Brown Spots on Butterfly Bush Leaves
You can’t help but notice a butterfly bush So, especially in the spring and summer when it’s crowded with colorful butterflies gleaning the extensive nectar. But beauty is skin deep with this invasive species, as the butterflies will soon discover that there are no caterpillar bushes nearby, the bushes necessary for the laying of eggs and their transformation from chrysalis to butterflies.
The butterfly bush grows best in USDA hardiness zones 5 through 9, but it's native to China. Like the monarch butterfly that miraculously navigates to Mexico during the winter, the butterfly bush navigated across Asia, Europe and across the ocean to America. Its journey took hundreds of years, and it evolved into over 140 species as it traveled, according to the Burke Museum.
Plant management includes keeping a close eye on the butterfly bush to discover any early signs of disease. And be aware that undetected diseases can easily spread to nearby plantings, extending the damage throughout the garden.
Why are the leaves on my butterfly bush turning yellow or brown?
The butterfly bush is not immune to viruses though. If its leaves are turning yellow or brown or you find spots on the butterfly bush's underside, your plant is in trouble. Bugs, rain, unclean garden tools, and people spread fungi or bacteria.
The spots range in color from yellow to brown to black. Treating a fungus on a butterfly bush is often fruitless, and it may be best to just remove the plant, bag it and dispose of it in the trash.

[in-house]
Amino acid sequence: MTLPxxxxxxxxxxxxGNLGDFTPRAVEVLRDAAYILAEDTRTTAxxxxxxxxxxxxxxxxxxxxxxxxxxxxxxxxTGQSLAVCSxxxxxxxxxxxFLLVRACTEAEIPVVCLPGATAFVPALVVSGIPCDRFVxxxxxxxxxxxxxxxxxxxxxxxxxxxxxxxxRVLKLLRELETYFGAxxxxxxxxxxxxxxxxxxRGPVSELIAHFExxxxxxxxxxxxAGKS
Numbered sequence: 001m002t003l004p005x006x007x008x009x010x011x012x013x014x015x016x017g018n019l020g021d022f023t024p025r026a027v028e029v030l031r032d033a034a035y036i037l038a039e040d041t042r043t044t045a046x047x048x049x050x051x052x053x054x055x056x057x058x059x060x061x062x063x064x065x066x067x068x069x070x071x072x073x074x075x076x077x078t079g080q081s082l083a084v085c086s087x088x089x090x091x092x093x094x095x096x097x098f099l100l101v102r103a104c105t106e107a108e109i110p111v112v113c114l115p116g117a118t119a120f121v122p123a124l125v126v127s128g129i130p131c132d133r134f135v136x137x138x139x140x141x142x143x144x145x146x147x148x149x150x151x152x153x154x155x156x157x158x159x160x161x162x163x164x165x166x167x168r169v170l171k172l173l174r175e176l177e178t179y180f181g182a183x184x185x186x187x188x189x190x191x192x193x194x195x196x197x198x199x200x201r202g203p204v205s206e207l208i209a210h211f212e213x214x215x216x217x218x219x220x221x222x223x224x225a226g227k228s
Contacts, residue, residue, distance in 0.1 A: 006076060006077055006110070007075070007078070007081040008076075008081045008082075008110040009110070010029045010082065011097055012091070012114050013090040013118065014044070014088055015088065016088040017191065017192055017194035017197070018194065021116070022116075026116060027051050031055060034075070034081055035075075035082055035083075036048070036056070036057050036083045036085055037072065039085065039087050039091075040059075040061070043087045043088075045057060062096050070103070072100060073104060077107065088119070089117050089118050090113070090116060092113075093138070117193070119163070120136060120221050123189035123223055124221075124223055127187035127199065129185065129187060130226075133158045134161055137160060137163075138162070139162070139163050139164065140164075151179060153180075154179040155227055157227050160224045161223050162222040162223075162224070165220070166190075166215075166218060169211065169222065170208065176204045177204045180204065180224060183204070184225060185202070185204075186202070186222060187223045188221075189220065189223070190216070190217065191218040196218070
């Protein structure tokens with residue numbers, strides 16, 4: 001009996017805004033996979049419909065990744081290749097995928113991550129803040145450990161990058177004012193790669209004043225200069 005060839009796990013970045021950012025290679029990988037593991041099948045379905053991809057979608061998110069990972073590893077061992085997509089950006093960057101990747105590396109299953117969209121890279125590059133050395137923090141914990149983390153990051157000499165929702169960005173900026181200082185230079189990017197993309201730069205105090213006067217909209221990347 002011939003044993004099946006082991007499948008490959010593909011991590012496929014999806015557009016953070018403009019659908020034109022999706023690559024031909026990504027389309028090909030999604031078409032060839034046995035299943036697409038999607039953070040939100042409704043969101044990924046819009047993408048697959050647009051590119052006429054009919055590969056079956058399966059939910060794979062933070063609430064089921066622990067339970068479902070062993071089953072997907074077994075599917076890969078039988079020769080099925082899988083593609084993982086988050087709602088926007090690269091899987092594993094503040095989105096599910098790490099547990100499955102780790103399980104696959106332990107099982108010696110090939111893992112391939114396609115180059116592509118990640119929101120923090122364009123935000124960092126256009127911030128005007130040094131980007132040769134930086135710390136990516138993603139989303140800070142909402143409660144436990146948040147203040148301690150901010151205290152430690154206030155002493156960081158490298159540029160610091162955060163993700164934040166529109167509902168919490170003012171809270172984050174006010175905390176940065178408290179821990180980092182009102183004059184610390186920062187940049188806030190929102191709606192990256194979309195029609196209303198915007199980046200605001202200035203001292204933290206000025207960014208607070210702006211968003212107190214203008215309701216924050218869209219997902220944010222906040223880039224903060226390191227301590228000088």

Prevention and Cure for Fungal Leaf Spots
Preventing spots on butterfly bush leaves begins with planting your bush in an appropriate location. The bush can reach up to 15 feet in height and needs extensive room for airflow and sun control. In the fall, dispose of dry leaves, but don’t throw them on the ground or in your compost pile.
Watering the bush from the ground is also helpful in preventing spots from developing. However, if spots do develop, spray a fungicide onto the bottom of the leaves.
Downy Mildew Chokes the Leaves and the Plant
Another butterfly bush pest, downy mildew is considered a “water mold” and is the result of excessive rain or overwatering. It is harmful and can wipe out an entire crop of butterfly bushes within a week, writes Planet Natural.
Downy mildew starts with yellow spots on the shrub's leaves, which soon turn brown. The preponderance of the brown spots masks the leaves and doesn’t allow the leaves to photosynthesize.
Once the leaf turns brown, it droops and falls. The leaf is choked with spores, preventing water from reaching it, and the leaf dies. With the loss of many leaves, the plant cannot survive.
Preventative Care for Fungi and Mildew
- Planting maps are important for the life of your butterfly plants. Be sure they are well spaced for air circulation and sun.
- Deliberate pruning also helps with air and sun control.
- The butterfly bush should be watered weekly when the temperature reaches 85°F or more.
- In the winter, let the snow or rain contribute the water, and if it is a dry winter, water monthly, according to Plant Addicts.
- It’s always better to water in the mornings so that the moisture has the sunlight to work its way up and into the leaves and flowers. Watering deeply and slowly is the best way to moisten your butterfly bush, and a drip system is highly recommended.
Jann enjoys learning about and growing little gardens on her patio. When she walks in the morning, her phone app connects her to unfamiliar flora. Unusual specimens, such as yellow watermelon and pink pineapple fascinate her and are the next inhabitants of her planter boxes.